Welcome to the third and final part of this series on Aeschylus’ Oresteia. In this video, we will discuss the concluding play of the tragic trilogy – the Eumenides.
At the beginning of the play, Orestes is tormented by the guilt of having killed his mother. The Furies, who are the Greek goddesses of vengeance, chase him to the shrine of Apollo where Orestes seeks refuge. Apollo encouraged Orestes to murder Clytemnestra, so he feels compelled to help Orestes.
“I desert thee never: to the end,
Hard at thy side as now, or sundered far,
I am thy guard.”
Apollo, Orestes, and the Furies agree to go to trial before a jury of Athenians and the goddess Athena. The initial vote concerning Orestes’ guilt is a tie. Athena then casts the deciding vote, declaring that Orestes is innocent of murder.
“Mine is the right to add the final vote,
And I award it to Orestes’ cause.
Behold, this man is free from guilt of blood.”
Athena then remarks that the use of Reason is of the utmost importance to the development of laws and to the execution of Justice. She also promises the Furies that the Athenians will build them a sanctuary and offer sacrifices to them every year. The Furies are appeased, and they banish vengeance from Athens. They are renamed the Eumenides, which means the Kindly Ones.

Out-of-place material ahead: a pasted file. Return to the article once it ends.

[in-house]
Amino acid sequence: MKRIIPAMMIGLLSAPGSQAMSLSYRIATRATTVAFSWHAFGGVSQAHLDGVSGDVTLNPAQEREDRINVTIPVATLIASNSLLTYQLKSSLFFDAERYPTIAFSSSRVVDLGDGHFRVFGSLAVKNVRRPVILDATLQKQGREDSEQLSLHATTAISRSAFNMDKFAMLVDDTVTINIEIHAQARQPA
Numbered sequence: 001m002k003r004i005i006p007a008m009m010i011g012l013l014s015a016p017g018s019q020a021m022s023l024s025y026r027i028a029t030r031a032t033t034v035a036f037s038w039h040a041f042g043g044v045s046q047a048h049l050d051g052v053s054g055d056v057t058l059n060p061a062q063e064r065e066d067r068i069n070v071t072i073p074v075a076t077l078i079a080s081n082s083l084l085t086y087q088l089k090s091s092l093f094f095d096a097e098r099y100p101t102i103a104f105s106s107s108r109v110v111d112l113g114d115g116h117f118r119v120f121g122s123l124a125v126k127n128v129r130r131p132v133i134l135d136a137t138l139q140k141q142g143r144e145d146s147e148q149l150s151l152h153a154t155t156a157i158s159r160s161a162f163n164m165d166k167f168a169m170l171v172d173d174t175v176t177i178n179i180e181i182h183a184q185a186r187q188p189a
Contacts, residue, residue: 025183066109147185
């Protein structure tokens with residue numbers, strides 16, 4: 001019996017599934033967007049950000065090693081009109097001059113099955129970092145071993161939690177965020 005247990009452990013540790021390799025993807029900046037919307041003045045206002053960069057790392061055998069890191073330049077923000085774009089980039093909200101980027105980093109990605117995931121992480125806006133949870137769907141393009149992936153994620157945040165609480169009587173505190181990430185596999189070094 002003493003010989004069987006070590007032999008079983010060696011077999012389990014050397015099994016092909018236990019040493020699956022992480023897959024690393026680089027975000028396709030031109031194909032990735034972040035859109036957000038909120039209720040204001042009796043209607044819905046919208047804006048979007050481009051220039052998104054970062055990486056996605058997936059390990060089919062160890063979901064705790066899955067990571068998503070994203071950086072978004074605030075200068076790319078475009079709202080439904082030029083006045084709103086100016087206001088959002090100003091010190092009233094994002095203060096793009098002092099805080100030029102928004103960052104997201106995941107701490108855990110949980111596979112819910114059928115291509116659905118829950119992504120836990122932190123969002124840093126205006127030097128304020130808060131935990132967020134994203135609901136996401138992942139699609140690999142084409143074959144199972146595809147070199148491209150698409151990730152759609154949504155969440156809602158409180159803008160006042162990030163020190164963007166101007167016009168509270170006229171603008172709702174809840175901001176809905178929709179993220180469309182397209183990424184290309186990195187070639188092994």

The central focus of this play is Justice – specifically the old conception of Justice represented by the vengeful Furies and the new conception of Justice represented by Athena and the Athenian jury.
The old notion of Justice requires a strict adherence to the eye-for-an-eye principle without any regard for mitigating circumstances or undesirable consequences. This type of Justice results in a bloody cycle of revenge.
The new notion of Justice requires an accused person to be judged by an impartial jury sworn to act according to Justice. The jury should consider the circumstances and motivations of the crime, and the consequences of punishment for the crime before judging. This type of procedure seeks to banish the destructive nature of Revenge from society.
At the end of the play, the new social and moral disposition of Athens is one of compassion, mercy, and forgiveness rather than irrepressible desire for revenge. The guiding principle is that of calm, dispassionate reason. The closing pageant serves to arouse feelings of pride about the Athenian way of life, and persuade the Athenians in attendance that their way of life is best.